Chorus         I must tell Jesus! I must tell Jesus!

                        I cannot bear my burdens alone;

                        I must tell Jesus! I must tell Jesus!

                        Jesus can help me, Jesus alone.

 The “thing” I’ve been pondering in this particular hymn is a word in the very first line.  “Must”  It doesn’t say I “should” or I “could” or I “might” tell Jesus.  It says I MUST – I am compelled to, I don’t have a choice in the matter.  The definition of “must” is: to be obliged to, it expresses necessity or insistence.  So, my question is – do I ever feel that way?  That I MUST tell Jesus something?  Is He my first inclination when things are not going well, or even when they are? The words of the hymn continue to go on and explain why the author MUST tell Jesus all of his trials – the reason being that it’s Jesus who is a kind, compassionate friend who will help His children if we ask and who ever loves and cares for us.  Do you believe this?  I have experienced this in my own life, BUT I can’t say that when an obstacle strikes my automatic response is to hit my knees.  I usually HAVE to tell someone, but it’s not usually my Saviour who’s first on the list. 

 V2                I must tell Jesus all of my troubles,

                        He is a kind, compassionate friend;

                        If I but ask Him He will deliver,

                        Make of my troubles quickly an end.

 I want to be like the author of this hymn – to know to the deepest core of my being that Jesus is MY kind, compassionate friend.  That He will love and care for me as He has promised in His word, and shown throughout my life.  I want the first cry of my heart to be to Him – no matter what the situation.  What about you?  Do you want to practice this with me?  I believe that as we study the Bible and learn more about Christ, we can choose to trust more and more that what He says is true.  As we deepen this relationship our response to life’s troubles will be to turn to Him first.  Let’s start today.  What MUST you tell Jesus right now?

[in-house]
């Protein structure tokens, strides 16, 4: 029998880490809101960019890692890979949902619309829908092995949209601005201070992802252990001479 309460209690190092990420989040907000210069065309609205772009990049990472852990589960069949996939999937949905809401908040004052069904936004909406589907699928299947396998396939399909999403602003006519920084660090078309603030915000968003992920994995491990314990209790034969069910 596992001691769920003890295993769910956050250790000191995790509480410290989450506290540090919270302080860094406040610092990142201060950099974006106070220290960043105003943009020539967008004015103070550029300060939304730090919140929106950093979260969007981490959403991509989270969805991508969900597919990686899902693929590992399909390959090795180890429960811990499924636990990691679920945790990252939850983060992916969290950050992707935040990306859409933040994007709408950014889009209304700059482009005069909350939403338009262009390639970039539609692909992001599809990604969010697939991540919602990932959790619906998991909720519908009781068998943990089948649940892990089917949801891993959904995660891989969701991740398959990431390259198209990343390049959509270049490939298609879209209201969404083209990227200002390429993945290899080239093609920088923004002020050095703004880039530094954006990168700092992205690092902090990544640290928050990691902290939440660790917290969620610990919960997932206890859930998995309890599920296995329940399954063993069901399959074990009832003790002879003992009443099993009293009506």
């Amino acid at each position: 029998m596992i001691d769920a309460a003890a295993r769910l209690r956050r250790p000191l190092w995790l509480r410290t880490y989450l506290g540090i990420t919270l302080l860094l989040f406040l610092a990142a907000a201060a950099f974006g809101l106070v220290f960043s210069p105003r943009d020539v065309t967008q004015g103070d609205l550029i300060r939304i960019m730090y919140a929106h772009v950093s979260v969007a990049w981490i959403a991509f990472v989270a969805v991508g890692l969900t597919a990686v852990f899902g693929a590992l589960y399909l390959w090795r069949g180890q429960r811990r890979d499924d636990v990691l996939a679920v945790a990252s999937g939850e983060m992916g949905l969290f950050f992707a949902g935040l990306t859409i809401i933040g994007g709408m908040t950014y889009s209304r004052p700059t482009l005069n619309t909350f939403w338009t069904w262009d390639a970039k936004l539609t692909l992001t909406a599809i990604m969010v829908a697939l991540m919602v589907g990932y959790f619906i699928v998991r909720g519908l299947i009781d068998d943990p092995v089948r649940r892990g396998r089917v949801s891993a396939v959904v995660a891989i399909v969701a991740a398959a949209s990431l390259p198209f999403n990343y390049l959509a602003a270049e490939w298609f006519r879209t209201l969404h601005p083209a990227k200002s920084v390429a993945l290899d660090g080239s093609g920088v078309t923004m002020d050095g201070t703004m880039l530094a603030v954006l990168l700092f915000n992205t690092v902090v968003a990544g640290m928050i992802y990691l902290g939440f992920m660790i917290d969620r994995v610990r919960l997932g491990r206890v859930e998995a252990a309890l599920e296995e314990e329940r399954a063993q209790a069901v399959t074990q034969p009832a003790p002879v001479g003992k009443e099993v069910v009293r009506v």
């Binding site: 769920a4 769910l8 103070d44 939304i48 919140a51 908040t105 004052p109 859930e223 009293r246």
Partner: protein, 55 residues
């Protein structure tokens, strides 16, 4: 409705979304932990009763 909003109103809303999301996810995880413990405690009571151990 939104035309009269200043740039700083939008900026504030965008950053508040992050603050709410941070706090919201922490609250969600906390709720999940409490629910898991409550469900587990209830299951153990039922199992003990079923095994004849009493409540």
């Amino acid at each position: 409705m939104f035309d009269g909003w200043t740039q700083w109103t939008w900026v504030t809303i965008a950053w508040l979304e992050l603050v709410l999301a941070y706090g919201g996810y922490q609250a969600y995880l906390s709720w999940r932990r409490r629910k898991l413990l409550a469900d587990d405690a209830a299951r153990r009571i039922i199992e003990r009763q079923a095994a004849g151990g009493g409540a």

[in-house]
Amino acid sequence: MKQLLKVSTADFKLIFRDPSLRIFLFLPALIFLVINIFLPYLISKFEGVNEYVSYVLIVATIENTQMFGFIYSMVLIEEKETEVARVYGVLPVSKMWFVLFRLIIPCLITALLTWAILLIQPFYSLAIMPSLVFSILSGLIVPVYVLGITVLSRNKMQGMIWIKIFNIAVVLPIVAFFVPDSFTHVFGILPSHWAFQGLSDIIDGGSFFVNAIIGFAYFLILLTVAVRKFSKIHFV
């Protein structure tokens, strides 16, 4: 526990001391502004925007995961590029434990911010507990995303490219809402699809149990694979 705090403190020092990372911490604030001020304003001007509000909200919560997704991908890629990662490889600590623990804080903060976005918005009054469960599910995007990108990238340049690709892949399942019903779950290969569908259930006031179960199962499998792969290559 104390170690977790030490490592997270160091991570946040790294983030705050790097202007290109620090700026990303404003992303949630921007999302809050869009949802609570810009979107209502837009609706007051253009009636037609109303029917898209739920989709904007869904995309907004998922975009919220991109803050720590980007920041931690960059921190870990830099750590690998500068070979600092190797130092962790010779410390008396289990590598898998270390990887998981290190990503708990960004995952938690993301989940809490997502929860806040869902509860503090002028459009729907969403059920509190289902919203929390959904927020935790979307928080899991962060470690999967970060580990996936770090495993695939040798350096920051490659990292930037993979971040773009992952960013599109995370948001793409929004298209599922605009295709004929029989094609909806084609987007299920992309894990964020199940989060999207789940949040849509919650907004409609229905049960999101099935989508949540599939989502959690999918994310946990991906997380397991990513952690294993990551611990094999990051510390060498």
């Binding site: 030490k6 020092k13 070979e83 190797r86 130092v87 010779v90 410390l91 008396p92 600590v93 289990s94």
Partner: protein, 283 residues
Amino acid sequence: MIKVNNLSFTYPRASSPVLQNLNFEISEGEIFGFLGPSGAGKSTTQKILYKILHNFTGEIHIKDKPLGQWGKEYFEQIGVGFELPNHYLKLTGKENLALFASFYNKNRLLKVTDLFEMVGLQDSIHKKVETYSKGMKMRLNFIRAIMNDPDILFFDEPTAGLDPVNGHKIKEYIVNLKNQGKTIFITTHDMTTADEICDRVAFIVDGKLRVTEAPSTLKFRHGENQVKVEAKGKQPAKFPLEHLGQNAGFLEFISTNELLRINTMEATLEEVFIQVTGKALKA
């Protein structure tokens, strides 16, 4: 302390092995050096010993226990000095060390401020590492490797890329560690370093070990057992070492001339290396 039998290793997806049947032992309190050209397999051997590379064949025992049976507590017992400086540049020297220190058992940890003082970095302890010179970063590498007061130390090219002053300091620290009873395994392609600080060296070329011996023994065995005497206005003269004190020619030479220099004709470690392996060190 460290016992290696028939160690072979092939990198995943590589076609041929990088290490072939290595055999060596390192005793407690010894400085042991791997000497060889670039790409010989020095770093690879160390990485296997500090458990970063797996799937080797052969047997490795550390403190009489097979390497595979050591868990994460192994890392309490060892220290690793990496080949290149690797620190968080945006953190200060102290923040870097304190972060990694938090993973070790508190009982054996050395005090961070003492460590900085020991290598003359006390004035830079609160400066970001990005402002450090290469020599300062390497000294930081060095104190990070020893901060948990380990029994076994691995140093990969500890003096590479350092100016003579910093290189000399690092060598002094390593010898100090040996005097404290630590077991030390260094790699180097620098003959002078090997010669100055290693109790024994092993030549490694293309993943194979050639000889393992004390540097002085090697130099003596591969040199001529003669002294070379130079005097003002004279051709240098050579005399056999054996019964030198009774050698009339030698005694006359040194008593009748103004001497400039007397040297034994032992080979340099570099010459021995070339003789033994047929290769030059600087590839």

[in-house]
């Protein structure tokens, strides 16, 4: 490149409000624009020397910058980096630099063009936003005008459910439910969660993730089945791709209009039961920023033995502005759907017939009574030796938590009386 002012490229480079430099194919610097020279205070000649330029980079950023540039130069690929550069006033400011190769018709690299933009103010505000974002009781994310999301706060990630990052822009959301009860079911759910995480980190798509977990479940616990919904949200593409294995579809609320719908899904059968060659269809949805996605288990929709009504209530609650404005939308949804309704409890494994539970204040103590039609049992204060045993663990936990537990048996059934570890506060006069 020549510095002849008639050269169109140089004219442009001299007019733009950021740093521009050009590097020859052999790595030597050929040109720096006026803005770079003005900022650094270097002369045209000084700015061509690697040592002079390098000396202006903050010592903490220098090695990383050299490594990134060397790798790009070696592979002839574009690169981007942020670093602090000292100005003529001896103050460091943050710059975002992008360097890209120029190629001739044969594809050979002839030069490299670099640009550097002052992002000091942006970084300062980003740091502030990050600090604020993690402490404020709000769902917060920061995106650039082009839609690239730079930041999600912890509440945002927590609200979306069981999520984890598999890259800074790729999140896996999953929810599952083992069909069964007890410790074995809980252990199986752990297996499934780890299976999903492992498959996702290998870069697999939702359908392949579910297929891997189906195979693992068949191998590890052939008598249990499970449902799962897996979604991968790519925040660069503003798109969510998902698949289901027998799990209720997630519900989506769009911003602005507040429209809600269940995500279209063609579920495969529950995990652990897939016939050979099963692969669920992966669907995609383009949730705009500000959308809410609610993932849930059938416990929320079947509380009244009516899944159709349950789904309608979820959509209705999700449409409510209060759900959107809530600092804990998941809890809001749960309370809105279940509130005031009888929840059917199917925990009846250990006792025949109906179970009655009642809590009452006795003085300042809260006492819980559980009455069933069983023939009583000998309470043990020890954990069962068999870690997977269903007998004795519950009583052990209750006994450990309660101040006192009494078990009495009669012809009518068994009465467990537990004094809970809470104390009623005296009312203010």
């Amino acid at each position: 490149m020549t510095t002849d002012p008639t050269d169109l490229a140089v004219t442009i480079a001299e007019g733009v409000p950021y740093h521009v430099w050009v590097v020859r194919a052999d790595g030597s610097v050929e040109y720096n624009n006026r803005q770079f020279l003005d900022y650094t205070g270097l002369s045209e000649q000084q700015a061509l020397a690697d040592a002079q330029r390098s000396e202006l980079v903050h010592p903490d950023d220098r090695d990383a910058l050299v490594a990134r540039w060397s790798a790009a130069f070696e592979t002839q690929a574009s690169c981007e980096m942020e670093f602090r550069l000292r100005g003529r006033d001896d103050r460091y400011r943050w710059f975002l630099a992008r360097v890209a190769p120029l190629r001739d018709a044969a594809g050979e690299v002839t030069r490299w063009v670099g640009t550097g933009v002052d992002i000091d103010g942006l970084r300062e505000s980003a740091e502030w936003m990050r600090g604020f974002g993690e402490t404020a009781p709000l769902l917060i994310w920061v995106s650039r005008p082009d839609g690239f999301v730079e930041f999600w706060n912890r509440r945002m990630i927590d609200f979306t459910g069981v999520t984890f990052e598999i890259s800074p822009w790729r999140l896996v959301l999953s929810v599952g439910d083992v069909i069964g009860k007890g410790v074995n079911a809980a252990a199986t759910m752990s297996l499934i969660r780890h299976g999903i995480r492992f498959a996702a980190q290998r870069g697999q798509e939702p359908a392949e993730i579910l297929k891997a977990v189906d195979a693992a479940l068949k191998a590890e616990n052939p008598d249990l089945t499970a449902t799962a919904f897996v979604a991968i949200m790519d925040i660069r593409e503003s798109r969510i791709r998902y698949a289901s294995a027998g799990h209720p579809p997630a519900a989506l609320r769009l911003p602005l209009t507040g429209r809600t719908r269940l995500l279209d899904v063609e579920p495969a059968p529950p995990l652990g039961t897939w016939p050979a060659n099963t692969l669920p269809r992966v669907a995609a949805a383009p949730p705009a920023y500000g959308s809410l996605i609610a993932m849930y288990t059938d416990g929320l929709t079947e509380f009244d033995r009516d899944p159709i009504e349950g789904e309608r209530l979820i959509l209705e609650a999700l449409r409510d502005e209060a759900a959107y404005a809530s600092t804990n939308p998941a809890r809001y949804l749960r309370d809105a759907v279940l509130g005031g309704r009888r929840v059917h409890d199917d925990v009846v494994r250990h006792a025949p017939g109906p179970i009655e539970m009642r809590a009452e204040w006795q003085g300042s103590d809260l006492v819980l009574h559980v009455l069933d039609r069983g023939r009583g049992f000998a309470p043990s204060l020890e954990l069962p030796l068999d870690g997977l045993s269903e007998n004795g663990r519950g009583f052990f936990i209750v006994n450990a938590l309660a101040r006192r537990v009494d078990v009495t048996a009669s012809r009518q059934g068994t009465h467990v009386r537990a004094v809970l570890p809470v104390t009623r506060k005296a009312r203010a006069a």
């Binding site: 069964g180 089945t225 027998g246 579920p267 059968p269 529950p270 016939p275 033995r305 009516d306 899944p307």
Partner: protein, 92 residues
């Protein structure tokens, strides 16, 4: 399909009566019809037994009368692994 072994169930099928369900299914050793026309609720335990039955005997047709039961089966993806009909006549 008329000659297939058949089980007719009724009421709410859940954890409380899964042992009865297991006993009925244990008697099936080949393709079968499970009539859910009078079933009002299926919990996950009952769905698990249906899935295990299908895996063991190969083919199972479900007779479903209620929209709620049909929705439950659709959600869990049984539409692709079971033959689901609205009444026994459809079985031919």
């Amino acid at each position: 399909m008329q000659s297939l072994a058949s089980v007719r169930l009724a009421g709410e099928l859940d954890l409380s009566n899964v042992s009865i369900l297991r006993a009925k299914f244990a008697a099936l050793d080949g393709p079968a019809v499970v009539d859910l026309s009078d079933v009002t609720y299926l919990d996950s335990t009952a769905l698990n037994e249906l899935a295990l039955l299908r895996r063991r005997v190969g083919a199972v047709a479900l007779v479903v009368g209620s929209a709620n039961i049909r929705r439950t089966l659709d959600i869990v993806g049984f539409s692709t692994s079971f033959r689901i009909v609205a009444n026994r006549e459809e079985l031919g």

V3                 Tempted and tried I need a great Saviour,

                        One who can help my burdens to bear;

                        I must tell Jesus, I must tell Jesus:

                        He all my cares and sorrows will share.

 V4                 O how the world to evil allures me!

                        O how my heart is tempted to sin!

                        I must tell Jesus, and He will help me

                        Over the world the vict’ry to win.

“I Must Tell Jesus”  by Elisha A. Hoffman, 1893

P.S.  Alex did not know this hymn as he was “proofing” my post and asked me to sing it for him.  Then he made an outrageous suggestion… so if you’d like to hear how the hymn goes (and me ending in a different key than I started) feel free to listen to the mp3 by clicking this link.      I Must Tell Jesus

8 comments September 25, 2011
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A Grateful Heart

The definition of gratitude is: “the quality of being thankful; readiness to show appreciation for and to return kindness.”